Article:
Dead Spots

This sort of faux-edgy fare simply marks, on one level, the saturation of the shock-value market for copywriters. Having applied every available smarmy turn of the screw to the self-conscious irony ad (in which consumers are winningly reminded they're being played for suckers and then disingenuously flattered for their consummate good-sportsmanship), and already done sex (if you'll pardon the expression) to death, Madison Ave.'s creative consuls cannot help but regard the symbolic conquest of mortality as the final frontier.

The only trouble, of course, is that there's death and, you know, death. Certainly based on the abysmal reception and, uh, execution of Benneton's shrill yet banal "We on Death Row" campaign, which gave inmates awaiting execution the basic Tiger Beat teen idol treatment, absolutely no brief should be held for the ad industry's capacity to confront the seriousness of real-life death. In the glossy campaign, which debuted as a supplement to the content-challenged Miramax synergy vehicle Talk, Death Row inmates were quizzed on their views of the Monica Lewinsky scandal between cuddly softball queries concerning which simple civilian pleasures they missed most. Flogged tirelessly by the fashion line's "controversial" creative director Oliverio Toscani as an effort to "humanize" the internees marked for state elimination, "We on Death Row" actually produced the reverse effect: It totemized them into the moral equivalent of Care Bears for the global liberal elite, creating a context-free politics of symbolic moralizing indistinguishable, in practical terms, from voyeuristic social predation. As broad-target propaganda, "We on Death Row" hopelessly muddled the moral case against the barbarities of the death penalty with the advertorial vacuities of celebrity journalism. (Another tremor of the whole affair's demagnetized moral compass was disclosed when Sears announced it was discontinuing its own junior line of Benneton wear due to customer complaints over the campaign: Inadvertently distilling the skewed sense of moral proportion at play here, a Sears spokesman solemnly intoned, "The whole episode is tragic, for the victims, for Sears and for Benneton.") The only silver lining wrested from the whole bathetic spectacle was Toscani's own recently announced permanent confinement within the smooth and towering prison walls of Talk.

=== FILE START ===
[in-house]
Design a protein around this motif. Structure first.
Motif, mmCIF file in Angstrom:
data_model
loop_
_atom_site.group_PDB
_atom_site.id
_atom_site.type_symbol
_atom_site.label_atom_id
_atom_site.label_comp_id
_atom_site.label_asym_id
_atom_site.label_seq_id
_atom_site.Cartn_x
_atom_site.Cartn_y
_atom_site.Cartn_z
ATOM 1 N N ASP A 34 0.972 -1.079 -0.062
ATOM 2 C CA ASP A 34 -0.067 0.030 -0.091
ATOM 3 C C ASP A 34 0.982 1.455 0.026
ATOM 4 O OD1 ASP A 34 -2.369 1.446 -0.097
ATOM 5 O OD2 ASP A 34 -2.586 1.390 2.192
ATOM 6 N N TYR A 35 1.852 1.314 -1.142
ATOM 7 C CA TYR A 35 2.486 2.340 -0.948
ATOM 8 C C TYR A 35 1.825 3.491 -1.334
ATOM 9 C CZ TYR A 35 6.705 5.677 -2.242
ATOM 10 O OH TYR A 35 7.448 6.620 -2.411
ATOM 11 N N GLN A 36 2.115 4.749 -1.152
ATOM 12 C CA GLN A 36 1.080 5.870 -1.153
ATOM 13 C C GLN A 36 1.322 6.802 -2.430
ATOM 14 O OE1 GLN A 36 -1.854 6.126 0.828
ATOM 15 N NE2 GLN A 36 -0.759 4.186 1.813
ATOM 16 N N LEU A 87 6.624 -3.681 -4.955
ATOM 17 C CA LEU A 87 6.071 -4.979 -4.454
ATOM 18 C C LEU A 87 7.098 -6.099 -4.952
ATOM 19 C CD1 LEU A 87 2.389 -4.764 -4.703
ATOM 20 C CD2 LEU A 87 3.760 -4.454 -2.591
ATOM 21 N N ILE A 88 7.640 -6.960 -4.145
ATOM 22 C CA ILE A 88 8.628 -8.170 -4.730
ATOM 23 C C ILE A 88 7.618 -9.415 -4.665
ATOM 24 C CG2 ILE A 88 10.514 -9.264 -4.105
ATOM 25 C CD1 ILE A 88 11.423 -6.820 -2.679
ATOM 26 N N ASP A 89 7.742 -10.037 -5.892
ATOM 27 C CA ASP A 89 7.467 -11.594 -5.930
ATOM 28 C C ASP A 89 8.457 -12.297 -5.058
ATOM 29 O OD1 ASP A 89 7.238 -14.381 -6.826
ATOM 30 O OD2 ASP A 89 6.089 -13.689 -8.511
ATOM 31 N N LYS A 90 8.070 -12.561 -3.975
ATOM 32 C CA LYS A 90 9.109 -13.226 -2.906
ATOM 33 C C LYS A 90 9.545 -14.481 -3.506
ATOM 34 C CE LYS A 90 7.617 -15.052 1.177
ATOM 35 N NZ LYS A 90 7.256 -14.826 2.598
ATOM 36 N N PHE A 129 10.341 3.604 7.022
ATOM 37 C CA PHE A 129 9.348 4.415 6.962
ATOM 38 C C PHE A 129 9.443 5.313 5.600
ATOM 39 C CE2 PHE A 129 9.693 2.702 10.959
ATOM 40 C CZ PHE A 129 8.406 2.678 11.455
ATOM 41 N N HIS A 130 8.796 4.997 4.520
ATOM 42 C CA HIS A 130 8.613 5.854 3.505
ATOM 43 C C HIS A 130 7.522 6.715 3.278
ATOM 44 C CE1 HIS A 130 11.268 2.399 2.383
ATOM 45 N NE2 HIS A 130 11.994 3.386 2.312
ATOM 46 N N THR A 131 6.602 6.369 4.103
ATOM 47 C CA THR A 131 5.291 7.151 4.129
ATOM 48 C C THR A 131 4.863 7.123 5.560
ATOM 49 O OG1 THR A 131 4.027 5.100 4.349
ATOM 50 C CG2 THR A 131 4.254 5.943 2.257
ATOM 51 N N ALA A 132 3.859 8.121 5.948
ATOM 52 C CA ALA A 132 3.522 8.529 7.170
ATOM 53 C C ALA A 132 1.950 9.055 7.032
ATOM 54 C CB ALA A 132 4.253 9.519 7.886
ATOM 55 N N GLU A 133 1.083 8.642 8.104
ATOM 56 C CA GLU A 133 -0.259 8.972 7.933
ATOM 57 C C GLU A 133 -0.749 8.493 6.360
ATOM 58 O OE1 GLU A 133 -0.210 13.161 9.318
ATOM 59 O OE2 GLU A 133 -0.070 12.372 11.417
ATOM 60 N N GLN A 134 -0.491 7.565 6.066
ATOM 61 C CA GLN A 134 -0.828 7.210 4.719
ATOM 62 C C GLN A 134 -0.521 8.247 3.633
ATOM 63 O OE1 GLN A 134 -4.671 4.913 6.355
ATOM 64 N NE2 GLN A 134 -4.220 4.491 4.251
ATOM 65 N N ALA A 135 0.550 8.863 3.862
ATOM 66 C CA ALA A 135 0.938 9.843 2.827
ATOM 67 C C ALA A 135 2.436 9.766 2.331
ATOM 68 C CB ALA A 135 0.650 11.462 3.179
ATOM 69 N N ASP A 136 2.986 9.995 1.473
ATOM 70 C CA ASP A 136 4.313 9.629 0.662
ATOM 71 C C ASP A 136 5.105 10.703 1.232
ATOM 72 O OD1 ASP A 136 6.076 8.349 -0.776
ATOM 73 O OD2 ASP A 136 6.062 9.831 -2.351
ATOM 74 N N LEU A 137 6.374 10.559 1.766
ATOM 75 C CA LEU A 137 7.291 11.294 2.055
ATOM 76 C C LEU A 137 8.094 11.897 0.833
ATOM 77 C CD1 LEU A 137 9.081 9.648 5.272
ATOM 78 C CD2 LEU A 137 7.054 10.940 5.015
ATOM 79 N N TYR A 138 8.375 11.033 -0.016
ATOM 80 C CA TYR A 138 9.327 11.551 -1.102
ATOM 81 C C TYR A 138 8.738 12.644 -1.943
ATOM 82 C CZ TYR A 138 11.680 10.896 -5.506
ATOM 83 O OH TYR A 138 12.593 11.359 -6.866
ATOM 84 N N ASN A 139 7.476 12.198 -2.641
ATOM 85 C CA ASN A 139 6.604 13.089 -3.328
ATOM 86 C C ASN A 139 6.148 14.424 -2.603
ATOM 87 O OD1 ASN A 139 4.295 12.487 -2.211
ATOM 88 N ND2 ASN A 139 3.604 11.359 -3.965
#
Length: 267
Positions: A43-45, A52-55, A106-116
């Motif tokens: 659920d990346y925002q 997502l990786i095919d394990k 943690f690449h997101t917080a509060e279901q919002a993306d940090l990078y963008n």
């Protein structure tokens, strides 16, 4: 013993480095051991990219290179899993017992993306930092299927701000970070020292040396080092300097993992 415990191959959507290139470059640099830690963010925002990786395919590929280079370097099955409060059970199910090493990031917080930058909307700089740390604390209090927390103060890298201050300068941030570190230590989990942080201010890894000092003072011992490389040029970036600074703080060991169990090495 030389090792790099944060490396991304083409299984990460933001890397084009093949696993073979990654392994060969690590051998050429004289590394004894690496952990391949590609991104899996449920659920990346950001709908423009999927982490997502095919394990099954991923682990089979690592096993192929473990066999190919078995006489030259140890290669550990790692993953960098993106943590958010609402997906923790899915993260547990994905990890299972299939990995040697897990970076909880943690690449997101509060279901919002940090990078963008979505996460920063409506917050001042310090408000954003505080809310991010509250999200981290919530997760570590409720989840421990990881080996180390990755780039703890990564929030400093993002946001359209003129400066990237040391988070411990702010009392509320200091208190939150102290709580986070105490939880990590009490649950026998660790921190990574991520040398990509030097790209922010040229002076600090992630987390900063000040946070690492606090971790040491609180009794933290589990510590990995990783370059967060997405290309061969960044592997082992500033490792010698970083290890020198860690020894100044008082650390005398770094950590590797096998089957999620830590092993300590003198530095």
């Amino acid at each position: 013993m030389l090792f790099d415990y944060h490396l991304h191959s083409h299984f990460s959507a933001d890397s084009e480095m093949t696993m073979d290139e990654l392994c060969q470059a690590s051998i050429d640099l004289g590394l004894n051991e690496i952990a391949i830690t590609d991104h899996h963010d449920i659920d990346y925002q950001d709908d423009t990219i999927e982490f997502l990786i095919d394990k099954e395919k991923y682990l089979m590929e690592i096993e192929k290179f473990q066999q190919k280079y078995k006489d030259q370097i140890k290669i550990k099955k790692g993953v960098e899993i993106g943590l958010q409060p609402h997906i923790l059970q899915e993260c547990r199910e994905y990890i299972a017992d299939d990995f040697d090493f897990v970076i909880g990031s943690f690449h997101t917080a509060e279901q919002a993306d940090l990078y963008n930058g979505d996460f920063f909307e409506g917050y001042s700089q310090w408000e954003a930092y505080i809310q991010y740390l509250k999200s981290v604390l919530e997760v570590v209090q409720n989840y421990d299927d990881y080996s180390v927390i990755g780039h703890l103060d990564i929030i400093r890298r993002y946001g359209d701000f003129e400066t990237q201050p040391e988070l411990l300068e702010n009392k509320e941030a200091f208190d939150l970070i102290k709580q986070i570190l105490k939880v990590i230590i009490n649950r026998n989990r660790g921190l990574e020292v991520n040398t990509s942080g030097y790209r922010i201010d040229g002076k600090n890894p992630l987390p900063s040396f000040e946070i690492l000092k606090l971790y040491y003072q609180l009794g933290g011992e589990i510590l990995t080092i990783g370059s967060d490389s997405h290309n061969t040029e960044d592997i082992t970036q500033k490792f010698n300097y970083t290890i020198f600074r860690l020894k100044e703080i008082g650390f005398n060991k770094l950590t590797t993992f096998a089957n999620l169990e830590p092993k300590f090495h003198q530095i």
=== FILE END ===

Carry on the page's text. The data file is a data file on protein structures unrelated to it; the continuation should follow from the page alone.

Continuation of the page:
But for true reality-bending Thanato-porn, ponder the layered auto-exculpatory insouciance of a little Mountain Dew number called "Dem Bones." The soundtrack modifies the old black church spiritual of the same name with a streamlined, gently swinging sort of beat; the refrain, of course, repurposes the original song's promise of bodily resurrection ("Dem bones going to dance around") to a rather more Dew specific message: "That's how you slam it down." But the footage still references, in achingly graphic ways, the plight of our poor, fallen physical frames: The now-familiar Dew pitchmen of extreme sports dudes are shown careening into walls, veering off course at fearsome speed, smashing up their heads, crotches, and the odd limb. At length, we see the multiethnic Dew "production team" of young, hip, and smirking extreme-everything enthusiast dudes. Here, however, they are reduced to groaning and wincing over both the footage and a particular sports casualty laid out on an OR gurney beneath them. But just when things seem grimmest, a restorative battery of Dew cans comes streaming down the hospital corridors, and the patient is restored to full extreme prowess: When we last see him, he is surfing his gurney down the hospital halls, as the requisite group of uptight, skittish and square bystanders look on in horror. Cut to X-rayed skeleton hand grabbing a Dew can, and its attached X-rayed skull in profile, slamming down the phosphorescent caffeinated beverage of joy.